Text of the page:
5 nutrition myths busted
HOUSTON – In an effort to be a healthier society, one local dietitian says clients are coming in confused. These are the top five myths she wishes people would stop believing:
Brittany Link from Advice for Eating said egg yolk is not bad for you.
“They'll be like I cannot eat those, I only eat egg whites, and so I have to dispel a lot of these nutrition myths as we're planning and kind of going through a meal plan,” Link said.
The hesitation comes because the yolk is where the calories and cholesterol is, but Link said, that’s OK.
“The egg yolk does have the higher calories and it does have cholesterol but it's been found that dietary cholesterol, so the cholesterol that you get in an egg yolk doesn't actually affect blood cholesterol. So you don't need to avoid dietary cholesterol if you have high cholesterol,” she said. “It's also where you're getting all the vitamins and minerals so all those good vitamins that you want from an egg, like vitamin D, choline, B12, the omegas. You're getting all of that in the egg yolk and some of the protein is in the egg yolk too. So, when you're avoiding that, you're missing out on so many of the good nutrients in an egg.”
Link said people also avoid shrimp for cholesterol too, but shrimp is also dietary cholesterol that is not harmful to blood cholesterol.
After the holidays, Link said she will see clients attempting a juice cleanse. That is a terrible idea.
“We typically recommend someone has no more than 60 grams of sugar in a day so just two juices is hitting that cap,” she said. “These juice cleanses have people drinking five, six juices in a day so you're going over three times the amount of sugar you want to be consuming.”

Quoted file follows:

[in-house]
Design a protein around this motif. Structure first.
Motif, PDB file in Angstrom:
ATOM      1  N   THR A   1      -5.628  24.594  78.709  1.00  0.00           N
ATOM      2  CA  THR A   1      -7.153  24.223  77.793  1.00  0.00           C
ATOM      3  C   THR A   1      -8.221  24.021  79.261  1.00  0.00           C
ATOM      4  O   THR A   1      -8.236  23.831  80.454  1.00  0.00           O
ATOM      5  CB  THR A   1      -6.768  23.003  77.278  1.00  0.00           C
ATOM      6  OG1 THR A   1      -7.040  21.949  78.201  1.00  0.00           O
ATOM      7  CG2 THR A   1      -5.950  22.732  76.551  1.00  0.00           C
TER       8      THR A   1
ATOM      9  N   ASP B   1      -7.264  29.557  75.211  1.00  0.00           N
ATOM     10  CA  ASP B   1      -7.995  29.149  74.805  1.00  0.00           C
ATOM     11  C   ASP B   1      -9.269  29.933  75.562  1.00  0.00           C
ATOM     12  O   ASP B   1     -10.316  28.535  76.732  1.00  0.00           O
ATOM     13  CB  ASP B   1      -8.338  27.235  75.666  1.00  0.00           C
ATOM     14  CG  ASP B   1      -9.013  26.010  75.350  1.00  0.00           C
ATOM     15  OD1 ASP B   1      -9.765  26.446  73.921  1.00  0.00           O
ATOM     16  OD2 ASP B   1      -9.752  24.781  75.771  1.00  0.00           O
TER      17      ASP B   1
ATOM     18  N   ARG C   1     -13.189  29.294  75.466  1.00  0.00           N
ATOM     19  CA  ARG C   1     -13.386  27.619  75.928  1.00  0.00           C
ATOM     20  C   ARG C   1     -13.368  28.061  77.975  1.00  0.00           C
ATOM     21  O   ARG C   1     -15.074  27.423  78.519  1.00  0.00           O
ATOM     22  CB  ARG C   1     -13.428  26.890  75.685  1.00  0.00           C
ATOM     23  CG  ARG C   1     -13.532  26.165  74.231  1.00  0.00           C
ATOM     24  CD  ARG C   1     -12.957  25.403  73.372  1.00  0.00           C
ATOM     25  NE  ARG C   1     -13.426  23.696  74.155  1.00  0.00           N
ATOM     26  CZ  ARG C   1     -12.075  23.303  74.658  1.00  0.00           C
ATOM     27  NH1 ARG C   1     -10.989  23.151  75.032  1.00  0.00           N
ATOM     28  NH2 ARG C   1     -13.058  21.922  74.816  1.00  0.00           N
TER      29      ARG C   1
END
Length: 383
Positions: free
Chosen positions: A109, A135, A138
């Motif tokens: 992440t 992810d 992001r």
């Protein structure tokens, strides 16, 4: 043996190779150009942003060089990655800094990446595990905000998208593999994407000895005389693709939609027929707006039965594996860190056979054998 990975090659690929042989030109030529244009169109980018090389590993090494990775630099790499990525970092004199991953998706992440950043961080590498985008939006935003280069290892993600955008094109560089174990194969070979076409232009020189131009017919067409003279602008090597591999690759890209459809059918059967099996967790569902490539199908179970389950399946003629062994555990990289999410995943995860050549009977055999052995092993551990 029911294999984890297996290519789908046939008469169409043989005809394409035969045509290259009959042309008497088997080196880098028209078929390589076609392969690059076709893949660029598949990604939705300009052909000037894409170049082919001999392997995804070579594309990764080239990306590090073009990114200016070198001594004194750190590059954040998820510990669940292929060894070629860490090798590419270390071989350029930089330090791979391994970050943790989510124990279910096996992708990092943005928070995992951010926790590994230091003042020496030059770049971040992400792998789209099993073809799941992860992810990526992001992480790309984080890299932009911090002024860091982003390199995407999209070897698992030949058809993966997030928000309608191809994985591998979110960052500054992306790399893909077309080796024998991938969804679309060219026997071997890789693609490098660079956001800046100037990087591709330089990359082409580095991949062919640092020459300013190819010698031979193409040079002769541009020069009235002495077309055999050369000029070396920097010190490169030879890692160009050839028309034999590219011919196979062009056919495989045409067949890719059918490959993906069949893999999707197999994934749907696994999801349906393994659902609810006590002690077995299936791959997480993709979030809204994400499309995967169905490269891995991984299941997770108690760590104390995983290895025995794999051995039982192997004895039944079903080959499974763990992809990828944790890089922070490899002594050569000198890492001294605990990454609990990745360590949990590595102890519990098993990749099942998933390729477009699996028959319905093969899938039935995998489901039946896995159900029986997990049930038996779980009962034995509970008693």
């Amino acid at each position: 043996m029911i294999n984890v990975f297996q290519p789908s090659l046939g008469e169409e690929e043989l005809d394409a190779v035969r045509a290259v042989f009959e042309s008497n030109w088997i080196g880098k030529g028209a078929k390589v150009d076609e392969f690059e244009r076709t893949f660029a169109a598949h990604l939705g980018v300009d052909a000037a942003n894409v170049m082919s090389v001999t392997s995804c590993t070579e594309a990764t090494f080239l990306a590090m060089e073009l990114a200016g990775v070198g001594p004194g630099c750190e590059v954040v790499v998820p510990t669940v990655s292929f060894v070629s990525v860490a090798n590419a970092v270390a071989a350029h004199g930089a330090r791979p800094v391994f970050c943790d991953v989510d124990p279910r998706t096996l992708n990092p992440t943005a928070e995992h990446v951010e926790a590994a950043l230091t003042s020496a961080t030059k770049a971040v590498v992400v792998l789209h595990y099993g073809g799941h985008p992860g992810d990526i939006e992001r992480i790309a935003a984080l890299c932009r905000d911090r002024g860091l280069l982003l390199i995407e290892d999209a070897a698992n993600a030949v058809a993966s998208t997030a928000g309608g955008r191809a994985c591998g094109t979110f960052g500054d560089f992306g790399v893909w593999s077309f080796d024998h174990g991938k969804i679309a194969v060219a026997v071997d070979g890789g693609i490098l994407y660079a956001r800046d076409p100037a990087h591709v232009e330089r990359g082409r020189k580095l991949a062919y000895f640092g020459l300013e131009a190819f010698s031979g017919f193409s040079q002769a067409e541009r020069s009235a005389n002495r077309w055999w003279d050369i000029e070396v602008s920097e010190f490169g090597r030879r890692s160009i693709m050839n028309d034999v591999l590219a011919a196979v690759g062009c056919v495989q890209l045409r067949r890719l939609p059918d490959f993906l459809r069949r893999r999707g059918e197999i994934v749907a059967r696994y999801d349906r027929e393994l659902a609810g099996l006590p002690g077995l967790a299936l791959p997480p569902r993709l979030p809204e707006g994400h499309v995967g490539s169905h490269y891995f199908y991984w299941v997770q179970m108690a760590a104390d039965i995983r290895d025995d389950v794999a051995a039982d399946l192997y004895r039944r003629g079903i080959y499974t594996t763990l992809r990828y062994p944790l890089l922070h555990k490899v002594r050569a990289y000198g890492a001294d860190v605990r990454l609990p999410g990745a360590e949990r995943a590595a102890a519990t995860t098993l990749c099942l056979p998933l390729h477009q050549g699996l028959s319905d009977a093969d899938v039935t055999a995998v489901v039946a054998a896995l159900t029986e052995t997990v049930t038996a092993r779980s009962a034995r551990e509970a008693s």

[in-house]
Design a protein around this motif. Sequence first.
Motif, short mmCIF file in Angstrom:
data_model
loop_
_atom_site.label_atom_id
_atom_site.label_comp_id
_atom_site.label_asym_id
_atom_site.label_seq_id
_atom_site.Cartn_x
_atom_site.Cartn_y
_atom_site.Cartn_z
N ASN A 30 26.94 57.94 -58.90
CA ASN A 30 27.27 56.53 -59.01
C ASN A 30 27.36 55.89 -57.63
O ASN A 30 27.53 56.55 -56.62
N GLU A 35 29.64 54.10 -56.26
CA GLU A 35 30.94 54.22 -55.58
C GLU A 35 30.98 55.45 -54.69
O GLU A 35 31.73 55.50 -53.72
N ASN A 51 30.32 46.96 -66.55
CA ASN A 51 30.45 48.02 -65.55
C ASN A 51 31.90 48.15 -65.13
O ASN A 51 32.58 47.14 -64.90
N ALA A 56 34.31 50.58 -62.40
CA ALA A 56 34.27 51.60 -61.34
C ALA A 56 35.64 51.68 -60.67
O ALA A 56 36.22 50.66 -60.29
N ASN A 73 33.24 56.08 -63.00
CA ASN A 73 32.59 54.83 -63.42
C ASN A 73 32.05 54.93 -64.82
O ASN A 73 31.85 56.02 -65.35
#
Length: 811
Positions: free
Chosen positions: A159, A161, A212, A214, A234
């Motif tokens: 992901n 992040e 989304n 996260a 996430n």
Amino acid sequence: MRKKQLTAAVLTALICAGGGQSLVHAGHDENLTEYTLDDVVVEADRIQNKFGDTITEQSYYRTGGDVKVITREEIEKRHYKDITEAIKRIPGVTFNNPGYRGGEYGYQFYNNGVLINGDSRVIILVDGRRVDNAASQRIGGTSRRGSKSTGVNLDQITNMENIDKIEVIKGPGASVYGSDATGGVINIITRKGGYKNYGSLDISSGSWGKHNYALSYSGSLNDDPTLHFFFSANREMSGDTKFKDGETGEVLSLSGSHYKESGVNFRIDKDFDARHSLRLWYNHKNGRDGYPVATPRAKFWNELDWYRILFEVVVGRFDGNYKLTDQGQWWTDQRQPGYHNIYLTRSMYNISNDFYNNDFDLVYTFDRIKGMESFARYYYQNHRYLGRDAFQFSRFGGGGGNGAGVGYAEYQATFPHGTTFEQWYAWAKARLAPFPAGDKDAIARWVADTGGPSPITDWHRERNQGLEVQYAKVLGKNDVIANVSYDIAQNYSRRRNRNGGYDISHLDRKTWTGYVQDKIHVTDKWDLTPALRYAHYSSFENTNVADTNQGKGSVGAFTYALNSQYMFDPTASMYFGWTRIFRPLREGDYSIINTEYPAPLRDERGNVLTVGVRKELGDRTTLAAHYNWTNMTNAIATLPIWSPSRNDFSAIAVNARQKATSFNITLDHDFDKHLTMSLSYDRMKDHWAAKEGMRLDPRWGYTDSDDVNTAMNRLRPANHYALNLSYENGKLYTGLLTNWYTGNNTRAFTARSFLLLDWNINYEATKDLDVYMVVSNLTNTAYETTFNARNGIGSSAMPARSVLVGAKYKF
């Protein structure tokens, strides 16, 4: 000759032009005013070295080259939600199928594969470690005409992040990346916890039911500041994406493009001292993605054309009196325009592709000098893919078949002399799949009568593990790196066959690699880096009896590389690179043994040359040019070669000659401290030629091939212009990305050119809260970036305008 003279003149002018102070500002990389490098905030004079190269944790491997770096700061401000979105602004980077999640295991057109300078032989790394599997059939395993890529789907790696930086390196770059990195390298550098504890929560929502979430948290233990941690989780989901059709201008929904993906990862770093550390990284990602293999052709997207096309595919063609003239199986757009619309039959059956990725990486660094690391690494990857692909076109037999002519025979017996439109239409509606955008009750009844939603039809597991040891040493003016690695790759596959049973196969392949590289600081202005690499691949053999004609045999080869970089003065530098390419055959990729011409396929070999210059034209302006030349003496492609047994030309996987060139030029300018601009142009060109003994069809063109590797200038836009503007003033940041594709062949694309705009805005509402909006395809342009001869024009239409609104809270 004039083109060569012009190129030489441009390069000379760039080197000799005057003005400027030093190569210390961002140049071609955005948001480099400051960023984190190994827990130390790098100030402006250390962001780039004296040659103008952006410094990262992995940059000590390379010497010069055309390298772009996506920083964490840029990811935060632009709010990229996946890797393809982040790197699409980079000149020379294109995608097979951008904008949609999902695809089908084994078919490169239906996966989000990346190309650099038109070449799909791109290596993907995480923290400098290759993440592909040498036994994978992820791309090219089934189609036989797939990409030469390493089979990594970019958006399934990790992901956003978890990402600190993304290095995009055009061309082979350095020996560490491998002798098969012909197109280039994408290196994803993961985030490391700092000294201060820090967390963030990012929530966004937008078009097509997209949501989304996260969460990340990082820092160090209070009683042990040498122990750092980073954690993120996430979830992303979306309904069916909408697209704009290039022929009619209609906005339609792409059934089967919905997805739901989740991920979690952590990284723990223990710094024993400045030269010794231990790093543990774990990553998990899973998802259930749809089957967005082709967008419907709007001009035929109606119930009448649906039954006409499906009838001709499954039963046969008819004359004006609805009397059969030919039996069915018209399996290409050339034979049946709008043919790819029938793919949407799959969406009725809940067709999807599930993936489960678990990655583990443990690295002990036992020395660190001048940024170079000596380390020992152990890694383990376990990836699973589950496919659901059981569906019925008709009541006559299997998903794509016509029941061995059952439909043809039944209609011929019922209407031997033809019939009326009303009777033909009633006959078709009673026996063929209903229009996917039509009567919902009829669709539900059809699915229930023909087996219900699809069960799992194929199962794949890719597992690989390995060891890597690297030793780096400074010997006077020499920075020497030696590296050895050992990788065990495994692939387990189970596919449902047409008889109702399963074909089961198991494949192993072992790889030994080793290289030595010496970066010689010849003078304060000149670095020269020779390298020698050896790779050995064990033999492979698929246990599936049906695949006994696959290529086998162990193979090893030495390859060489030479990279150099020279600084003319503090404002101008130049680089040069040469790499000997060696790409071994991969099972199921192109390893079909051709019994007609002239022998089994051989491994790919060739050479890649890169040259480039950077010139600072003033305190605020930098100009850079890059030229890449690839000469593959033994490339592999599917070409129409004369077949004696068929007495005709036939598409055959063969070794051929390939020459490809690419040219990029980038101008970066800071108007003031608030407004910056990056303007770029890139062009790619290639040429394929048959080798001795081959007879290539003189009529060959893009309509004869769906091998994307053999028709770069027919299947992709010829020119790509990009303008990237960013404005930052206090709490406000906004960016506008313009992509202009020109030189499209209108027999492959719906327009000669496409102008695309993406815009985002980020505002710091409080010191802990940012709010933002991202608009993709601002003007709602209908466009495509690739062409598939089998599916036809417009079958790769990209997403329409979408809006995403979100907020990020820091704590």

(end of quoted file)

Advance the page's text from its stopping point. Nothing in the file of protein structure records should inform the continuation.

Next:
We need nine essential amino acids to create a complete protein. Essential amino acids are the amino acids our bodies don't make, so we need to get them from our food, according to Link. They come from animal products such as eggs and fish, but vegetarians eat combined foods like rice and beans to get a complete protein.
“The myth here is that you need to combine those foods in the same meal. For example, rice and beans are amino acids that complement each other perfectly to become a complete protein. So a lot of vegetarians will say ‘I have to eat rice with my beans or beans with my rice, I have to eat them together,’ which isn't actually true. If you're eating a balanced vegetarian diet, throughout the day, you'll get enough of those varied amino acids to create a complete protein. You don't need to food combine at the same meal.”
Foods with negative calories
Another myth that (sadly) is not true is the idea that there are foods that take so much effort to digest, they basically equal zero calories.
Some people say this is true with celery, but it’s not.
Link said there are some foods that take 10 to 20 percent of their calories to digest, but nothing that takes so much effort to chew that it negates the calories.
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